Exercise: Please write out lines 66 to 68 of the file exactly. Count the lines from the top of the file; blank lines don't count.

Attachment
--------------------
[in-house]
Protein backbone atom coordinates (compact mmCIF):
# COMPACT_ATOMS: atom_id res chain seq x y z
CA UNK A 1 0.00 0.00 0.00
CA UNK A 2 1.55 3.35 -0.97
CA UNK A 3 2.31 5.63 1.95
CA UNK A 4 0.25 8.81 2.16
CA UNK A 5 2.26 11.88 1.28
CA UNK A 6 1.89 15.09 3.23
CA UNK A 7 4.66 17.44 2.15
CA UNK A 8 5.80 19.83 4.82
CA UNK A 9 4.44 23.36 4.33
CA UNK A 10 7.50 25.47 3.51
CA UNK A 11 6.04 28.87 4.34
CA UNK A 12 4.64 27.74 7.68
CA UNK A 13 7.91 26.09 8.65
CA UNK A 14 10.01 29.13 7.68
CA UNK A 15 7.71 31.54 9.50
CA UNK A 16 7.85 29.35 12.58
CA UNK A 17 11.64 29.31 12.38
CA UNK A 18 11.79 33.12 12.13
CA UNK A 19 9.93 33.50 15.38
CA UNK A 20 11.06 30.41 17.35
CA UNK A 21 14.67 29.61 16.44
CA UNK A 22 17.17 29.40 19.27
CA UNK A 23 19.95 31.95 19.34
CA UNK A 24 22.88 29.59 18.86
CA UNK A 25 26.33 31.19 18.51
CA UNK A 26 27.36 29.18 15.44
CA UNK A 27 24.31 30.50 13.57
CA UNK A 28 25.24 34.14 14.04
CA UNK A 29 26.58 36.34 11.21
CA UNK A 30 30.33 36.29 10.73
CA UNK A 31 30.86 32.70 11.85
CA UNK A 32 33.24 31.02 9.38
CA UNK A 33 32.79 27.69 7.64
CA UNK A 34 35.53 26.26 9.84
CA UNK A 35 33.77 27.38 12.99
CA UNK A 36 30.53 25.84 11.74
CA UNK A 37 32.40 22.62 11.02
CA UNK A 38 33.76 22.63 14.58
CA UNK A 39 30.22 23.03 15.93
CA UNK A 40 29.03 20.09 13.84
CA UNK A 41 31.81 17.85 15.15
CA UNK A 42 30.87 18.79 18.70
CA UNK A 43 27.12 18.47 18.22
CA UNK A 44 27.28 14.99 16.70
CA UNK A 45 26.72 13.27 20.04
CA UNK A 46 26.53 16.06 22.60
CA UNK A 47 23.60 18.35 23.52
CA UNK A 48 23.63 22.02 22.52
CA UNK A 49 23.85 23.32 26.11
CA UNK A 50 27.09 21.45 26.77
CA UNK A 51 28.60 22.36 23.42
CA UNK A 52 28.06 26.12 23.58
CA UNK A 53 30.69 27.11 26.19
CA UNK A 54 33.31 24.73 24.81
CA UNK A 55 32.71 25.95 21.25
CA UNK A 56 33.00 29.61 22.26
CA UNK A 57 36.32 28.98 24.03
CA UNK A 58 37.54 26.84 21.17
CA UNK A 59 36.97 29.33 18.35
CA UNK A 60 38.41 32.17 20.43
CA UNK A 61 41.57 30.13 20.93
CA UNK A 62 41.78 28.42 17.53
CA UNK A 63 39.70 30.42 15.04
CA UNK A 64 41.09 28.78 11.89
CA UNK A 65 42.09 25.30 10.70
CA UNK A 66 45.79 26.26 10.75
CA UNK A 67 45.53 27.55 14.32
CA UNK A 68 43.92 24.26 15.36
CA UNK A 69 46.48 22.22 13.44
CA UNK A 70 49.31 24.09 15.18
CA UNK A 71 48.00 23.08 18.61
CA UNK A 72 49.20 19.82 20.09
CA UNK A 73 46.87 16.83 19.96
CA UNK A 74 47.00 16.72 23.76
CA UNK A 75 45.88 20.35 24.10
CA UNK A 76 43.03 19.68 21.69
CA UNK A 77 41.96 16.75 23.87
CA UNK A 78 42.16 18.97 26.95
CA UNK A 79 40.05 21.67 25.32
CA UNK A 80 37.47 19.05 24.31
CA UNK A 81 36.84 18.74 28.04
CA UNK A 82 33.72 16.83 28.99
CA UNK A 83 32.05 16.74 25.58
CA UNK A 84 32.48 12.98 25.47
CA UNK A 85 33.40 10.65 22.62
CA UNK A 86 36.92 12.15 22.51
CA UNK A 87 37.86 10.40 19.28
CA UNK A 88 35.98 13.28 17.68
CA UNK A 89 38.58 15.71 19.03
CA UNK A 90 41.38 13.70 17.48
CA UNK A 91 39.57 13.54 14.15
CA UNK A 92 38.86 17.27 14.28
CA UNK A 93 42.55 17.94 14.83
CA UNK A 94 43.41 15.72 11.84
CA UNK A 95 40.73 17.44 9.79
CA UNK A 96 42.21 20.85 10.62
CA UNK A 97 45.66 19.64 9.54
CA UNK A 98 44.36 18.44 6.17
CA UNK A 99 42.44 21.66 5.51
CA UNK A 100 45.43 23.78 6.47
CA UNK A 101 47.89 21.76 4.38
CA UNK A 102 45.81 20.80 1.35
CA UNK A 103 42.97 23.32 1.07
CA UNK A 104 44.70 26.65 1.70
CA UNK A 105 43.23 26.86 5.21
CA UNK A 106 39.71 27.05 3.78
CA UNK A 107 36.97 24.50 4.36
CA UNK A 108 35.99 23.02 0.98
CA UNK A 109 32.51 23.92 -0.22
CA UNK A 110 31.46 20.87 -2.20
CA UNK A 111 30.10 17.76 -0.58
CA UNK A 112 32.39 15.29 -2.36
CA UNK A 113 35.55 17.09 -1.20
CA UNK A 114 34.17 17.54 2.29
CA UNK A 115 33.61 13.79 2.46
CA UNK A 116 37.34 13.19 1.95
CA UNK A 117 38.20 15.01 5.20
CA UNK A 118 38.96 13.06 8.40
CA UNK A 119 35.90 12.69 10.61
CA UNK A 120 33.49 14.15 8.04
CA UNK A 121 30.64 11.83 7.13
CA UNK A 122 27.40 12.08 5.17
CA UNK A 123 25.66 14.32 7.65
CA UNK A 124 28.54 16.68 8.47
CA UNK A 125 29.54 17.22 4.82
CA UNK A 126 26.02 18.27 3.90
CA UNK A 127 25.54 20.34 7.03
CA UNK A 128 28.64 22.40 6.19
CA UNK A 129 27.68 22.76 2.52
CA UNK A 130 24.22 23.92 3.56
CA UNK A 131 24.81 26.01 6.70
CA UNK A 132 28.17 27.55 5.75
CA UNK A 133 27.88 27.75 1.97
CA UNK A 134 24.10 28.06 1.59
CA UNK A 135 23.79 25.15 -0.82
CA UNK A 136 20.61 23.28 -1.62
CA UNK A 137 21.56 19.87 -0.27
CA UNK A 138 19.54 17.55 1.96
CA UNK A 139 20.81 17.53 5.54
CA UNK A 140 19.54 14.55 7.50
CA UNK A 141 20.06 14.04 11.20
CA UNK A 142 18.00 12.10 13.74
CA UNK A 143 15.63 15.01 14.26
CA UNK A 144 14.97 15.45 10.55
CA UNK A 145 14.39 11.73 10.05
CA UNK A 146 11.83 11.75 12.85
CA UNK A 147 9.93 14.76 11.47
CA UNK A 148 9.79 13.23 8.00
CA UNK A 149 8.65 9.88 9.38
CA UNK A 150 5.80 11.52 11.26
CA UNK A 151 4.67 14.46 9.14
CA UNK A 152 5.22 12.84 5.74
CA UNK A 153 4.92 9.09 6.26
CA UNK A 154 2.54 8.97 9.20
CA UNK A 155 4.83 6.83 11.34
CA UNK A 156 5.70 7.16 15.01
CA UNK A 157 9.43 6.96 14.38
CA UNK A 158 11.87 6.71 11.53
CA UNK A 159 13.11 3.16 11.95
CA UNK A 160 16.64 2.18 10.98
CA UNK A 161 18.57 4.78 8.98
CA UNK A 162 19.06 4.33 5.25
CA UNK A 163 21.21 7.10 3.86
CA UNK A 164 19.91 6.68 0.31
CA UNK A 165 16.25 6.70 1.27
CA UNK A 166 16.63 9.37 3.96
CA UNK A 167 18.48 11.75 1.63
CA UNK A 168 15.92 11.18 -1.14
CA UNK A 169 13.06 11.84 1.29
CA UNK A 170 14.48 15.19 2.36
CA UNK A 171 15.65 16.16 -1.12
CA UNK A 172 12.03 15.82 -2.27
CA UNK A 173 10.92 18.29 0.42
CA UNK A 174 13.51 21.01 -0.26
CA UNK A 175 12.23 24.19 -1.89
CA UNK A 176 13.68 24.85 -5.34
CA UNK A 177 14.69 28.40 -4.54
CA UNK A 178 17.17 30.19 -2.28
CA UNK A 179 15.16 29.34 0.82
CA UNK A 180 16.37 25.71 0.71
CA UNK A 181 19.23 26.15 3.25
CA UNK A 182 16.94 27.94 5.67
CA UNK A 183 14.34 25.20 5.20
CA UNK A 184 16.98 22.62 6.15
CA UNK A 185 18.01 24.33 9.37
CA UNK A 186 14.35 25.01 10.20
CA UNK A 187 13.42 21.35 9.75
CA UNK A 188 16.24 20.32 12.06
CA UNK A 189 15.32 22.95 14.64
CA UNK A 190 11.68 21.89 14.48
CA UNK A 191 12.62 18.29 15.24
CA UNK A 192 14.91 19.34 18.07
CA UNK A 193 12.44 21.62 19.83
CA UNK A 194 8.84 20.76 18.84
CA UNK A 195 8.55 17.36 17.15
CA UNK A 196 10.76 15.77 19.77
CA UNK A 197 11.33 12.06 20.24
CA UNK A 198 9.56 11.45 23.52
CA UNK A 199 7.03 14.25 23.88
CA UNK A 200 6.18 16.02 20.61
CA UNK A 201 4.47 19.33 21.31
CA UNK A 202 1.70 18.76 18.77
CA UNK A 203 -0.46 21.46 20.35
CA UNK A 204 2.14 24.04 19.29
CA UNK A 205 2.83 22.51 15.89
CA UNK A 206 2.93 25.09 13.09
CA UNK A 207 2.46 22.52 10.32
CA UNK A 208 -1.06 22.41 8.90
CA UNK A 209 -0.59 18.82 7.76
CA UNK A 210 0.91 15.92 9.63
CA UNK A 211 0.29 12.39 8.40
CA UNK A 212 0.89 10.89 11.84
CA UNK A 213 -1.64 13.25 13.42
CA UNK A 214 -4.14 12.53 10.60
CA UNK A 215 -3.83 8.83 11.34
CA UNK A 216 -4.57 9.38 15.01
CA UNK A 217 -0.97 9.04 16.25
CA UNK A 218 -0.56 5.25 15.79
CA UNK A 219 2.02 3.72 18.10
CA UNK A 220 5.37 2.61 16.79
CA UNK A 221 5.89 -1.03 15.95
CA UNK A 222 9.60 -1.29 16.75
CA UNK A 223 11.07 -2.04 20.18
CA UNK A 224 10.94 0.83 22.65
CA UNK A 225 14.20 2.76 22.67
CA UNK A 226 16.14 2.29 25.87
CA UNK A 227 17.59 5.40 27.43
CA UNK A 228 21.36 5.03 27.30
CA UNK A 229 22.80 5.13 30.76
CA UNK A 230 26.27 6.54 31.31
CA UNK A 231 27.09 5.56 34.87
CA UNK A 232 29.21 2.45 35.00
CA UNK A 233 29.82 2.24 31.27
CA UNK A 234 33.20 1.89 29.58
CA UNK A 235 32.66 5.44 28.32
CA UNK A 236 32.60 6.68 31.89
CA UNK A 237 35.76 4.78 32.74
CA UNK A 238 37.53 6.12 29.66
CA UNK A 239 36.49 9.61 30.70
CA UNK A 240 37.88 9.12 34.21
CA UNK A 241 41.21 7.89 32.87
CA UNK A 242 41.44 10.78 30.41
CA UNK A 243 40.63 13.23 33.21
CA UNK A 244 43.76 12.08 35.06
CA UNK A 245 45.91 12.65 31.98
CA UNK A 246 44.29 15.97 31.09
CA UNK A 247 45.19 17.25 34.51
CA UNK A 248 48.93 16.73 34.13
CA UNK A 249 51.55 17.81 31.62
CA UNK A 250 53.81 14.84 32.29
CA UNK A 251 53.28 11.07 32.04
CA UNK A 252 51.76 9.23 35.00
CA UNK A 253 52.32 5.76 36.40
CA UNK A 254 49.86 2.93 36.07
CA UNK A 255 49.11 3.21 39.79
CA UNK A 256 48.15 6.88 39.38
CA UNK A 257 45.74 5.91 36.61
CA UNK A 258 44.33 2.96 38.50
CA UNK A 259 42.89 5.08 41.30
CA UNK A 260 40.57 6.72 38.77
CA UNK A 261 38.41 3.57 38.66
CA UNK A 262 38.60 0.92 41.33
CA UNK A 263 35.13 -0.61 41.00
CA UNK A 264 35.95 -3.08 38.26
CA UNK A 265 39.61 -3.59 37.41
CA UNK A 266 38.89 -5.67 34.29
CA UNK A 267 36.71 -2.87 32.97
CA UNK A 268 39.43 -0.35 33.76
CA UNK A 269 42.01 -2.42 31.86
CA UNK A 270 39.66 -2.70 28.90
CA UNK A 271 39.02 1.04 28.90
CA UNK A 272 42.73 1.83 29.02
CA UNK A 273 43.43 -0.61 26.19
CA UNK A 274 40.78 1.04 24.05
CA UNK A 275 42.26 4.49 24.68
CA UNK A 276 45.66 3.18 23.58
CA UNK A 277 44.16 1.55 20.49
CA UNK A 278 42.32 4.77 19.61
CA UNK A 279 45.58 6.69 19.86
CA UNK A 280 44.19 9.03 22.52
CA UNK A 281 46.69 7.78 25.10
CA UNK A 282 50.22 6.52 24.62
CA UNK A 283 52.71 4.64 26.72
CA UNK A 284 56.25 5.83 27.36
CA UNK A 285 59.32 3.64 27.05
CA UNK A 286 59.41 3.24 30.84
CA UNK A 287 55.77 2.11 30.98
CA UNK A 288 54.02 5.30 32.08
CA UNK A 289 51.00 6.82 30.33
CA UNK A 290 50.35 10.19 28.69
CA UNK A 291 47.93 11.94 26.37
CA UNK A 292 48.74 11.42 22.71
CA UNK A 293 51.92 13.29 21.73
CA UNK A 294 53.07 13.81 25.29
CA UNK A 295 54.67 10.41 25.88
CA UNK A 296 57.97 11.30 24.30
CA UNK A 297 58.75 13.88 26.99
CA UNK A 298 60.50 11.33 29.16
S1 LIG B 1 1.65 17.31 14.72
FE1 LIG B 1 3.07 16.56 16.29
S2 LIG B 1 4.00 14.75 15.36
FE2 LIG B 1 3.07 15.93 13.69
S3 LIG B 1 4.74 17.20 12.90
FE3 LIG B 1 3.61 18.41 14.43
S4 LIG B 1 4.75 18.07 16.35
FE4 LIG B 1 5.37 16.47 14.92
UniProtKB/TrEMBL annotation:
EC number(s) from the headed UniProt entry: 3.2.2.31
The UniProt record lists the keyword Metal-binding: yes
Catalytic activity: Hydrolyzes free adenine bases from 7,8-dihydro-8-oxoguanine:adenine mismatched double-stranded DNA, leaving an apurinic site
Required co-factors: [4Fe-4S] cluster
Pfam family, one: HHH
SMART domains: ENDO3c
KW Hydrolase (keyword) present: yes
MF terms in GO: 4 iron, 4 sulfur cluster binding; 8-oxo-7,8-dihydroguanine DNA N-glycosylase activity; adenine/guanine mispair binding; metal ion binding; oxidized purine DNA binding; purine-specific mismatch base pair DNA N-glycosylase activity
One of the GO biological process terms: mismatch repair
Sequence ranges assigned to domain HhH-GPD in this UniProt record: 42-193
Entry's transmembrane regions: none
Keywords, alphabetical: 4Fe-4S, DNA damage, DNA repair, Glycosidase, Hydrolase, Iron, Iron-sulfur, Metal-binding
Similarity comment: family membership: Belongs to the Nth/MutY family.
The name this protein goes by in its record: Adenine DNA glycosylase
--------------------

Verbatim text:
CA UNK A 63 39.70 30.42 15.04
CA UNK A 64 41.09 28.78 11.89
CA UNK A 65 42.09 25.30 10.70